From September 1, 2021 forward, Android devices still running pre-Android 7.1.1 will face connectivity issues for a large number of sites and services.
Sites and services that implement HTTPS need to use certificates for that. A popular choice is Let's Encrypt as it is offering free certificates. The service started five years ago and has since then become used widely on the Internet.
Let's Encrypt got a cross-signature from IdenTrust when it started to ensure that its certificates were trusted right away. With the partnership in place, Let's Encrypt managed to get on a lot of devices and systems in a short period of time.
The organization started to issue its own root certificate, called ISRG Root X1, and applied to have it integrated into the certification root stores of important software platforms. The original certificate is now trusted on major software platforms.
The cross-signature root certificate will expire on September 1, 2021. Expiration means that it cannot be used anymore. While that is not a problem for systems that have received the new root certificate of Let's Encrypt, it is a major problem for systems that ran out of support earlier.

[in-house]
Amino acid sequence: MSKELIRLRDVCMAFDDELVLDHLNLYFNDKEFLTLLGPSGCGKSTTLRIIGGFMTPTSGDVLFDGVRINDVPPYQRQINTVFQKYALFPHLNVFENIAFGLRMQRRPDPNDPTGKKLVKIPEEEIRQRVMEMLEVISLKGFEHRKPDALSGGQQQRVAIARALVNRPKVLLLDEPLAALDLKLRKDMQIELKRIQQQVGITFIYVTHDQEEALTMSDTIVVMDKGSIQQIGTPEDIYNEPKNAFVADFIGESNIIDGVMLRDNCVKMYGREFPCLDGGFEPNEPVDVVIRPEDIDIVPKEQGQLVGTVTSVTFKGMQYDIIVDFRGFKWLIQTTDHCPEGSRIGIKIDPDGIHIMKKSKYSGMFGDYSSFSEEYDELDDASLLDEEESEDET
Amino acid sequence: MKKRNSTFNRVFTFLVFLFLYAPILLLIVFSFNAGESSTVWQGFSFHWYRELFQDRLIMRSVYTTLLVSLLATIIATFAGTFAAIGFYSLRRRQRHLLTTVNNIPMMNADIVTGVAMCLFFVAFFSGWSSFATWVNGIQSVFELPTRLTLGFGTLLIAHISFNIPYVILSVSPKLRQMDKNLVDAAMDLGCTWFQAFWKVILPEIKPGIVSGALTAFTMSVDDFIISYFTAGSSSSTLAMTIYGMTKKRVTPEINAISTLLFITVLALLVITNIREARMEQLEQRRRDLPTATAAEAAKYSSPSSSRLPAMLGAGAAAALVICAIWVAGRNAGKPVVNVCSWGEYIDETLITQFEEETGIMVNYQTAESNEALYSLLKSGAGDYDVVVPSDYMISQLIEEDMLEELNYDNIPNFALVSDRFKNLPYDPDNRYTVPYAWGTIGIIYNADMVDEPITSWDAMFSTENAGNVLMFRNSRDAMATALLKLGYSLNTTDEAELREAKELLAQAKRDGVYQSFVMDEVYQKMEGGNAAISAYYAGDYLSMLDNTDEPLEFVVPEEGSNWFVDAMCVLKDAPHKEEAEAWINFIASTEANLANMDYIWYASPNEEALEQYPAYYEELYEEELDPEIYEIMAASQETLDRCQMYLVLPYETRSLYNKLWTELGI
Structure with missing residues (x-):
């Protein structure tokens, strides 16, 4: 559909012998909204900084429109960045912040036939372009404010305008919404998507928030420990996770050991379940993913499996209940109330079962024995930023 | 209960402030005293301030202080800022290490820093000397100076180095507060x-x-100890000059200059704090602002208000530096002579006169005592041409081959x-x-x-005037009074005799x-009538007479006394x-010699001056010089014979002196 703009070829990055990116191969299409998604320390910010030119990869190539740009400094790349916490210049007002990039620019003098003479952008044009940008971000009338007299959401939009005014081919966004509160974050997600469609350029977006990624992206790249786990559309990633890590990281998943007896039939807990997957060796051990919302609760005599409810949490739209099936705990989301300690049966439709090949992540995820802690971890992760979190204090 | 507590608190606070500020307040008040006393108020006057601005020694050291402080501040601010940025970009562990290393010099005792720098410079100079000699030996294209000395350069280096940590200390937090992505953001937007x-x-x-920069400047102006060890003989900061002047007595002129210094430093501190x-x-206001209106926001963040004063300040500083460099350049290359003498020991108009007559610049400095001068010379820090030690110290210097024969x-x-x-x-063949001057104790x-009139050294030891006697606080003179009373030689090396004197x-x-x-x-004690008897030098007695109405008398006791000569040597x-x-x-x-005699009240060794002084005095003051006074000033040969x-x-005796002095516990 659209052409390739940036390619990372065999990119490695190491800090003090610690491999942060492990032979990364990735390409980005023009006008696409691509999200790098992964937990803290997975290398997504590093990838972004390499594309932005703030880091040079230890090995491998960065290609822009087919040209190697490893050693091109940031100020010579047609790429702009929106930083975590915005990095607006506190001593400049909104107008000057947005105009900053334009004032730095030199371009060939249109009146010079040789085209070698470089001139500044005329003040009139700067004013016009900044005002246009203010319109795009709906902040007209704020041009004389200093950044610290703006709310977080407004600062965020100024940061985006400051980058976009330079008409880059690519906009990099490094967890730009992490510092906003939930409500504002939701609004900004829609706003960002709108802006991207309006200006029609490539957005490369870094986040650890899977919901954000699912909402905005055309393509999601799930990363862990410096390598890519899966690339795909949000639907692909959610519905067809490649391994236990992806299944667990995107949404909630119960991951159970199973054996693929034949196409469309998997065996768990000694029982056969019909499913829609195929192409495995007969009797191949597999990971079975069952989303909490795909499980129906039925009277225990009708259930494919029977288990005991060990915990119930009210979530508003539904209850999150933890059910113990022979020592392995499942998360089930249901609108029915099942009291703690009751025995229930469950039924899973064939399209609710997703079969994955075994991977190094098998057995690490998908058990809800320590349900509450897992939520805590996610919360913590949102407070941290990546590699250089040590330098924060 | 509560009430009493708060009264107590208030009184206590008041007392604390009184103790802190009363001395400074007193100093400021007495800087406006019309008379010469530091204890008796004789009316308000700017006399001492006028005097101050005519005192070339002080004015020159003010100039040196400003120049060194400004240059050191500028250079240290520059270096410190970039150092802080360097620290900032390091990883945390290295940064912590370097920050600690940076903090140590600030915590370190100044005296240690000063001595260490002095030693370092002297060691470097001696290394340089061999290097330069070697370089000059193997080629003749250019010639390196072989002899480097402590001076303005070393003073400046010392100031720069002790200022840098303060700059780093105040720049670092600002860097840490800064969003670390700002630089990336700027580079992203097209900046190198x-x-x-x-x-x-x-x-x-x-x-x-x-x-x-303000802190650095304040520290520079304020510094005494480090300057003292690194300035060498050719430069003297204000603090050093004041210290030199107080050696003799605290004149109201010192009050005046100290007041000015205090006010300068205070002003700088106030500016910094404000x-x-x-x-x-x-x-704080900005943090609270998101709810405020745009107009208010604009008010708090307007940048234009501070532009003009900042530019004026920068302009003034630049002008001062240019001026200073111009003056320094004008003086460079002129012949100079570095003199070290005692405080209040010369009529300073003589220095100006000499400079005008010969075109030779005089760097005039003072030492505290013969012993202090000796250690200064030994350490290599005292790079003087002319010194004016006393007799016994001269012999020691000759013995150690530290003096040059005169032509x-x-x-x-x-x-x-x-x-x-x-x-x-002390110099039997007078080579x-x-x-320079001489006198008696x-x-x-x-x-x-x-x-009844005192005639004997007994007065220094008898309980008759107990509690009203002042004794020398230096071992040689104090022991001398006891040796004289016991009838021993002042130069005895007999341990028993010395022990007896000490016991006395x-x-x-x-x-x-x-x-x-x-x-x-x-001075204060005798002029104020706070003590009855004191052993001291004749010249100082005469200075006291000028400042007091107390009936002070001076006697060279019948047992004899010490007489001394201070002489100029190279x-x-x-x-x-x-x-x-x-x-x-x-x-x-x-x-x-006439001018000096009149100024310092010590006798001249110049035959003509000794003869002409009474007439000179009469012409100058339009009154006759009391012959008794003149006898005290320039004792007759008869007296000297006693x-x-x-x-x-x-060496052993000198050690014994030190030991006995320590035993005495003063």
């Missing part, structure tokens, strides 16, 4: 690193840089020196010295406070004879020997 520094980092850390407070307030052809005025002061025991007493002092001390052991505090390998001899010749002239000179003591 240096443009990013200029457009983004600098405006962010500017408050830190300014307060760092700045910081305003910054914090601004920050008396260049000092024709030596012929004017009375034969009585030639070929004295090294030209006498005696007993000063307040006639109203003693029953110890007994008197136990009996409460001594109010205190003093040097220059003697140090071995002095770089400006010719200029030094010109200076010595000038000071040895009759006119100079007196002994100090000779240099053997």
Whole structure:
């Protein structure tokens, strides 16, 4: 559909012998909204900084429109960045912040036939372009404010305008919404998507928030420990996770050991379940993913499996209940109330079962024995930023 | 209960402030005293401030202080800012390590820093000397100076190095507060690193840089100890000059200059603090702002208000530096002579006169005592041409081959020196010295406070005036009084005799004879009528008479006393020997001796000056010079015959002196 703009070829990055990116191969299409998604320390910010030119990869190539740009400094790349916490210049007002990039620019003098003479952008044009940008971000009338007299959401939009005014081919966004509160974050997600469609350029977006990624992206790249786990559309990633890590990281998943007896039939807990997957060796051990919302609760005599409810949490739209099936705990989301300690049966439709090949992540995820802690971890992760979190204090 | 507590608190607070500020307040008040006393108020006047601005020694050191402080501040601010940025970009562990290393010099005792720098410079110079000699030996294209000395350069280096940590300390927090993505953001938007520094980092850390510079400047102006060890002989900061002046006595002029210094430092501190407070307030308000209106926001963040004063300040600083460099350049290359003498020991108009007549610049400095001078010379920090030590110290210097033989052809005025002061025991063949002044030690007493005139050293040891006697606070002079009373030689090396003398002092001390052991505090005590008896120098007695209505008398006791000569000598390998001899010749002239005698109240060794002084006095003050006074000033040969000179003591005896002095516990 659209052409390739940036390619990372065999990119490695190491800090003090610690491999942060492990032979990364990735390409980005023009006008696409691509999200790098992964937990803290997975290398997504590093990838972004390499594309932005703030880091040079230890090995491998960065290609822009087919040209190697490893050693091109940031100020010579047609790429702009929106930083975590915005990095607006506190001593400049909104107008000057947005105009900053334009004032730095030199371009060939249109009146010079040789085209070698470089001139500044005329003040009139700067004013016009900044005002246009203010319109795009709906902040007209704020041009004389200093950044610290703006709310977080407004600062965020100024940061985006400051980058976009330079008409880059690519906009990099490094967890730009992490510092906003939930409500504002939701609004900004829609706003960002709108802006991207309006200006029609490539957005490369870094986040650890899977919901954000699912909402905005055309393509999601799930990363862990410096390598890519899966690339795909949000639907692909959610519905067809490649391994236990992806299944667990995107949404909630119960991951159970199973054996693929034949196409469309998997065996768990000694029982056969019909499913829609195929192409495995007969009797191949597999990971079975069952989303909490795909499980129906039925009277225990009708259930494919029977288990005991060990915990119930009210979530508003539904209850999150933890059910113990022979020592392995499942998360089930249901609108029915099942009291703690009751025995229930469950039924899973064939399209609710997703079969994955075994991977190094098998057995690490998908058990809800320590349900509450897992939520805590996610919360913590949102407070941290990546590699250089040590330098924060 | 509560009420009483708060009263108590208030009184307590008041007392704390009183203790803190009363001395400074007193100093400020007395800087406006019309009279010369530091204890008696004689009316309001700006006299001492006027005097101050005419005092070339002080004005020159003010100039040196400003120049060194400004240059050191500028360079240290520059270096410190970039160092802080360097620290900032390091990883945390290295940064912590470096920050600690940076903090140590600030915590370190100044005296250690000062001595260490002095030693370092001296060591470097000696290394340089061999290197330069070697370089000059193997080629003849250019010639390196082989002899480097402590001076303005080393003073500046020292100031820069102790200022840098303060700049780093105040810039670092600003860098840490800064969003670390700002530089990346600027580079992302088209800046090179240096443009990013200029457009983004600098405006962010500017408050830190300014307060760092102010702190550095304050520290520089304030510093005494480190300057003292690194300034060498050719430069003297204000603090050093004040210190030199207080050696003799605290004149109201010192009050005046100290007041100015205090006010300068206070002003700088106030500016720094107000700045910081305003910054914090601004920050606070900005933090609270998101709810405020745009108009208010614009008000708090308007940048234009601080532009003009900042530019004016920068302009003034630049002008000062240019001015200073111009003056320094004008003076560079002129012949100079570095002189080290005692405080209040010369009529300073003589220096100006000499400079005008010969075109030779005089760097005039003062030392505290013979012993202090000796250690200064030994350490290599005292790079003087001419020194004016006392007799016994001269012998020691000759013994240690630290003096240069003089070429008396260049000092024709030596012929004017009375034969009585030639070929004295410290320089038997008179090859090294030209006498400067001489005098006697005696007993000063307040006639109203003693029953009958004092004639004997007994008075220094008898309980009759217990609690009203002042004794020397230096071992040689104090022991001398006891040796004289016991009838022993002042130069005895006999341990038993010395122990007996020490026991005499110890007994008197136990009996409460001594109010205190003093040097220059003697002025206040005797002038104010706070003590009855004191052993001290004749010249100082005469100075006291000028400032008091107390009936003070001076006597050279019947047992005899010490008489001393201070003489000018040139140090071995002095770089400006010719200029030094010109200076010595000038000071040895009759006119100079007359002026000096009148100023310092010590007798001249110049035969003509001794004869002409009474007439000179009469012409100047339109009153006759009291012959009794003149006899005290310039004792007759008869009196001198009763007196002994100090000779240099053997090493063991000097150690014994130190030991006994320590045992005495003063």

On Android, that includes all devices running earlier versions of Android than 7.1.1. Let's Encrypt estimates that about a third of all Android devices are on that version or earlier versions of the operating system. Good news is that two-third of devices are up to date and will not face any connectivity issues. The remaining one third on the other hand will run into connectivity issues when they try to access sites that use a Let's Encrypt certificate. The number is lower right now already as Google has stopped publishing Android platform version distribution information in September 2020.
Fragmentation is a problem on Android, especially since many manufacturer's of Android devices provide only limited support in regards to updates.
The only solution, other than buying a new Android device that is using a newer version of the operating system, is to use a browser that uses its own certificate store. Let's Encrypt recommends Firefox for Android for that, as it is the only major browser that comes with its own certificate store. Firefox for Android requires Android 5 or higher currently.
Google did reveal recently that it plans to switch from using the operating system's root store to its own in the company's Chrome web browser to get more control over certificates and ensure that the experience is identical on all platforms in regards to security and accessing sites.
Whether Chrome for Android will start using its own root store before September 2021 arrives remains to be seen though.
The market share of pre-Android 7.1.1 devices will shrink in the coming ten months but there is a good chance that a large number of devices will still be in use in September 2021.
Now You: Do you use Android? Which version are you on currently? (via Deskmodder)Advertisement
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